Port Macquarie to Crescent Head – 42.5 km (by bike)
We are on the traditional territory of the Dunghutti People
Today was Wayne’s birthday and we celebrated with Helen over breakfast at Casualties.
We had planned a short distance again today as the route included another long stretch of unsealed road and we are also a bit restricted in terms of accommodation options in this section of the route.
Just out of the town we took a short cable ferry trip over the Hastings River (no charge for bikes or pedestrians). Soon after disembarking, Lois and Wayne were surprised by a kangaroo hopping down a driveway and across the road in front of Wayne’s bike! We all saw more kangaroos later, not in the park where we were expecting, but grazing on farmers’ fields.
The unpaved Maria Road runs for 24km along the western boundary of Limeburner’s Creek National Park and then along the eastern boundary of Maria National Park. Limeburners refers to the early days of European settlement when oyster shells from the creek were burned to produce lime for mortar.
The road surface was a mix of corrugations, rough gravel and, for a time, graded dirt. It was slow and quite tiring from constant jarring, as we traversed ranch land, scrub, coastal swamp forest
and large plantations of small trees. We learned later that these were tea trees, used for the production of two essential oils. The effectiveness of the oil for the treatment of skin infections is questioned in a Wikipedia article.
Relieved to be back on tarmac, we were soon in Crescent Head. As we were too early to check in to our motel, we had some lunch at Barnett’s Bakery, threw some laundry into a machine at a laundromat down the street, and then cycled down to the beach for a view. From Little Nobby, an endless white sandy beach stretches towards Hat Head to the north and, to the south, the rocky cliffs of the headland. Crescent Head is famous for its legendary “right hand surf breaks”.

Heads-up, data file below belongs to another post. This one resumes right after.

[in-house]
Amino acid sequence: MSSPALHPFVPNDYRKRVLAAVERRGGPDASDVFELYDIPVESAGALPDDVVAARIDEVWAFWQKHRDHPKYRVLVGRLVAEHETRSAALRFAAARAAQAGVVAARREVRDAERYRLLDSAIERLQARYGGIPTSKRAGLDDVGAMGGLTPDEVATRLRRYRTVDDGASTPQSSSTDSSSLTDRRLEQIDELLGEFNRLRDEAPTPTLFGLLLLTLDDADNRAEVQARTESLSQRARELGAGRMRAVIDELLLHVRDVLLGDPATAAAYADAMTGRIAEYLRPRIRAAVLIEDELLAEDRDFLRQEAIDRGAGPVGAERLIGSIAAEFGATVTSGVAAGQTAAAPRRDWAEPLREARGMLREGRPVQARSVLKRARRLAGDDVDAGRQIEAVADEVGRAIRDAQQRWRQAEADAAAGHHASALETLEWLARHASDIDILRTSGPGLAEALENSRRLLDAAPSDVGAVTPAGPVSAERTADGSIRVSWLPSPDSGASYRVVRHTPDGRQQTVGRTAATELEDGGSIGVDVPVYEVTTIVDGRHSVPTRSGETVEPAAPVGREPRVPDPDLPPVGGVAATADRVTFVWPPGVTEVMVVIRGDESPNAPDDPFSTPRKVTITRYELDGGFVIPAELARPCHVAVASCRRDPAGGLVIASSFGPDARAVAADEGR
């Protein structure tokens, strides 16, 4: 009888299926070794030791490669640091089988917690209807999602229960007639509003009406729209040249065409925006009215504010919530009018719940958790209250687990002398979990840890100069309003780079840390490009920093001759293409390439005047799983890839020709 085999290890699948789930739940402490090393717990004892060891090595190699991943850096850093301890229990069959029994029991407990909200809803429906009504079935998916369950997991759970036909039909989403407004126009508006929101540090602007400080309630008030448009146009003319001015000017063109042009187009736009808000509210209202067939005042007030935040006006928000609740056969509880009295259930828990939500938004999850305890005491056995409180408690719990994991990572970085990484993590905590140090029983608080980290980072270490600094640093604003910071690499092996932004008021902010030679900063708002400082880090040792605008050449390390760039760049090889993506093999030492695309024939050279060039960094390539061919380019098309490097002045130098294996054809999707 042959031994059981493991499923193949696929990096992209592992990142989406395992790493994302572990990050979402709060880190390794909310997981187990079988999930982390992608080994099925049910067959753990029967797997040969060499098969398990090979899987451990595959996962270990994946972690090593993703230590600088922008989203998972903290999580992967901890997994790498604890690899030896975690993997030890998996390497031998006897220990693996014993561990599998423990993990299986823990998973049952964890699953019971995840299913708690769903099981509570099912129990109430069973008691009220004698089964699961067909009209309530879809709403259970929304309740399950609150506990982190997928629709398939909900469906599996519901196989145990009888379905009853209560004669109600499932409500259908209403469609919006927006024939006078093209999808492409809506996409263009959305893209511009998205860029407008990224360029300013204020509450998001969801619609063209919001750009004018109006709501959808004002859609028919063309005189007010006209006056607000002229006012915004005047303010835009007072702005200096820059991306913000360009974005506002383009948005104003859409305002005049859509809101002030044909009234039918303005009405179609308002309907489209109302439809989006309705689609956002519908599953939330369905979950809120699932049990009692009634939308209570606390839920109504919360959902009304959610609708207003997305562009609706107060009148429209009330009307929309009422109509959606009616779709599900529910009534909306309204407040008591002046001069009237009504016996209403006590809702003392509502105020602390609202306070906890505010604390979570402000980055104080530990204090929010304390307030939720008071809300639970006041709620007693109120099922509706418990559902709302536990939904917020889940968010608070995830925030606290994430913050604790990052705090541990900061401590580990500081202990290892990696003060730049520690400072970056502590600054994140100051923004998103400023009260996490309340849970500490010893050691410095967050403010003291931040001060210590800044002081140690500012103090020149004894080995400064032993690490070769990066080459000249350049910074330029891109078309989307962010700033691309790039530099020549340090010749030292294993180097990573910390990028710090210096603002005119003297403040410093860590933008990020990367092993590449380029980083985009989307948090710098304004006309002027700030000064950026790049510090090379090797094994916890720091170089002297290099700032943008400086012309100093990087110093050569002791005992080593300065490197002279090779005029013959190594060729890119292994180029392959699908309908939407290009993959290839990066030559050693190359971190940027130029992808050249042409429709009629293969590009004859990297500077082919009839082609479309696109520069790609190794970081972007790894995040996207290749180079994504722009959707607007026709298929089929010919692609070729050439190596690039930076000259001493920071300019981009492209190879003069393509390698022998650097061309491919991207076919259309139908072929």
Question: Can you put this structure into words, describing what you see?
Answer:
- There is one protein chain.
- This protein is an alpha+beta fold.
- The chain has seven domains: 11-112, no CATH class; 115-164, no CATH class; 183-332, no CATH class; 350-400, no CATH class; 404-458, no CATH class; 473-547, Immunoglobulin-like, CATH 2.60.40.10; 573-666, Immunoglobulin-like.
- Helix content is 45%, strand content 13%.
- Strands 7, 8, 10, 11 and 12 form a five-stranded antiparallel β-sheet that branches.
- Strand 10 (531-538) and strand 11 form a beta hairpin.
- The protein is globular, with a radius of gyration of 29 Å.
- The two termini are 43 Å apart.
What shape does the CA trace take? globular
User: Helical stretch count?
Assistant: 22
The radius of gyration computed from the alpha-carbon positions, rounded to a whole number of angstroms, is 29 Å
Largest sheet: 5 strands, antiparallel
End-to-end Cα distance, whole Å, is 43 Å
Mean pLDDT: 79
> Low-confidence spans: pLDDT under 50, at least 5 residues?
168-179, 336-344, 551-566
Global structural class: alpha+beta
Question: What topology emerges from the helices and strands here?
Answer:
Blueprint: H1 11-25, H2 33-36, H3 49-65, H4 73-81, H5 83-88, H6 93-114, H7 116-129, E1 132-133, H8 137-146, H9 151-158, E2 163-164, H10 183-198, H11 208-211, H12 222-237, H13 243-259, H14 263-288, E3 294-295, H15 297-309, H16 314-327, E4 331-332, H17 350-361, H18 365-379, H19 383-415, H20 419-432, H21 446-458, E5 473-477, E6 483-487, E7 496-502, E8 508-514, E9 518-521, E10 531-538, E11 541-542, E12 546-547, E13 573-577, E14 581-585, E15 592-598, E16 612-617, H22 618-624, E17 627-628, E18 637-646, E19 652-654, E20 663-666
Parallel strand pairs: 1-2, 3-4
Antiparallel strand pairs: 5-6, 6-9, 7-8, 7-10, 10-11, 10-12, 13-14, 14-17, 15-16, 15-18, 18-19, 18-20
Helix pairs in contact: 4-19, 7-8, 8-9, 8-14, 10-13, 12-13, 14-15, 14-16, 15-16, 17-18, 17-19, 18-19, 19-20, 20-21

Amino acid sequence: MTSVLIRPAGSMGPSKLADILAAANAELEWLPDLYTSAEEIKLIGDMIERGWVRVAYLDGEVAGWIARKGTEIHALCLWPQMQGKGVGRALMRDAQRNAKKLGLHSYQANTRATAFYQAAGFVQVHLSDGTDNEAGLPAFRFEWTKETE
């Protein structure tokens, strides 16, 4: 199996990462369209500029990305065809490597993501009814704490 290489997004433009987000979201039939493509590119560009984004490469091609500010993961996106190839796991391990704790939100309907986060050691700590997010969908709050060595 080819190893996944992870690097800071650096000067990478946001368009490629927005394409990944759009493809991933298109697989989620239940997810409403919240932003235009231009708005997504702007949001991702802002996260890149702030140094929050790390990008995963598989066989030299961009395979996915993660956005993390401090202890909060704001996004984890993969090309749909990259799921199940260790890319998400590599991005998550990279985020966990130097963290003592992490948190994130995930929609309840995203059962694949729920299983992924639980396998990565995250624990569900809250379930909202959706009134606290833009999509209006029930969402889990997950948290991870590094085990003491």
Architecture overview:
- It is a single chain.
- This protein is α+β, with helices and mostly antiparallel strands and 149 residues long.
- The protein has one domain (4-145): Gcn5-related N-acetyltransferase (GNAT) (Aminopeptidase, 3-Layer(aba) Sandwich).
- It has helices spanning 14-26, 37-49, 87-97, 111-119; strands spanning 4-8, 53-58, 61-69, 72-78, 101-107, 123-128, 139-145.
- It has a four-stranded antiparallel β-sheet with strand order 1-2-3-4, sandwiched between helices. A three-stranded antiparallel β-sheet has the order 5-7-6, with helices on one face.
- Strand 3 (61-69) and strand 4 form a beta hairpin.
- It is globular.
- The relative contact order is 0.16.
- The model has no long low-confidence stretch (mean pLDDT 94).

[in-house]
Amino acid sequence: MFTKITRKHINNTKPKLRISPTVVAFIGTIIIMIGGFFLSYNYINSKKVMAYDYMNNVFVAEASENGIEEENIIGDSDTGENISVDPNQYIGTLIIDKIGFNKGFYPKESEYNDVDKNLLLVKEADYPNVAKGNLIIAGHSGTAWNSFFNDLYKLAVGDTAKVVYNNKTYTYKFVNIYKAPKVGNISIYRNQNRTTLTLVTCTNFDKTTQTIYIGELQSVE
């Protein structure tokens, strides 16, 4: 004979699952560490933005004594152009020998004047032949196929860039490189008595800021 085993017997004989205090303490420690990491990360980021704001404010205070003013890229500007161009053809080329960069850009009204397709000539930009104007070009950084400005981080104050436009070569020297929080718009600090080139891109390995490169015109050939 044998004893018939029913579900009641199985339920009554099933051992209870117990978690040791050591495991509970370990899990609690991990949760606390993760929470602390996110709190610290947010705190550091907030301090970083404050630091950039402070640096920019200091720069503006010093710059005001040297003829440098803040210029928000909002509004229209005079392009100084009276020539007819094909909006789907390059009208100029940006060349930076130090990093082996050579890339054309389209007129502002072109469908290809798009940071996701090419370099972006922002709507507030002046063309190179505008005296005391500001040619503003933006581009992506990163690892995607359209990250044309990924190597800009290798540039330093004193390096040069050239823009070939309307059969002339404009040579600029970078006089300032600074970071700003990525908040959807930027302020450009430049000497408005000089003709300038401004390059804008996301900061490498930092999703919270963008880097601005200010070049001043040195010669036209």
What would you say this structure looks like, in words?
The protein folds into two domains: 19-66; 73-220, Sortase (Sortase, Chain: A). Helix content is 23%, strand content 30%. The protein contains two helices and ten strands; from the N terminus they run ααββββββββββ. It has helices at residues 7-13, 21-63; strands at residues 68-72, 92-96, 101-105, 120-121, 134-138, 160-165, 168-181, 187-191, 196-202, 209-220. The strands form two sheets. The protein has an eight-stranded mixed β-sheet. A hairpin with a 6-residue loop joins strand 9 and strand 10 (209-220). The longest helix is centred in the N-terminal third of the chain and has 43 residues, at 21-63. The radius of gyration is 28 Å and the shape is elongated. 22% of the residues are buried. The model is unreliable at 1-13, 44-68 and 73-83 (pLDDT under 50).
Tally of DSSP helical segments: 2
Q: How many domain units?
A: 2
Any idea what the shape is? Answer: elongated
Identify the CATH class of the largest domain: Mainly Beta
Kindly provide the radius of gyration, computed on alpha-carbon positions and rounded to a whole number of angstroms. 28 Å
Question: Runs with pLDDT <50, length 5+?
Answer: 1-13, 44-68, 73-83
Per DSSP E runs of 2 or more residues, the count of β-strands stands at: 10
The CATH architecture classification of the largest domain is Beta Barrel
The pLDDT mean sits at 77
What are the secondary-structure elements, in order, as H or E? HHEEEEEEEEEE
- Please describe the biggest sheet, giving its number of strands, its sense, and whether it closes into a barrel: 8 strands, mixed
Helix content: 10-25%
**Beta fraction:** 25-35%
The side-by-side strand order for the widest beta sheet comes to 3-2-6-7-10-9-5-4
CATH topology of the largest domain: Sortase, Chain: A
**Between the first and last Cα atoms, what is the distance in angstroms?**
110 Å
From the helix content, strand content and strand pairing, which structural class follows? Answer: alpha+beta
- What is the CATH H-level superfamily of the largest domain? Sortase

An early dinner of fish (flathead and NZ hoki) and chips at Hooked left us feeling the need to get back on our bikes!
The first successful land claim under the Native Title Act was made by the Dunghutti people in 1997, concerning a parcel of land at Crescent Head that had been used for residential development. The Crescent Head Agreement recognizes the native title rights of the Dunghutti people, including the exclusive right to possession, occupation and enjoyment of the land and, where title has been extinguished, to compensation, in this case, $6.1 million. Since 2014, the Dunghutti people have been working on a blanket land claim for all vacant crown land in the Dunghutti tribal area which extends from the Oxley Wild Rivers National Park at the head of the Macleay River, north to Yarrapinni Mountain and south as far as Walcha, inland from Crescent Head.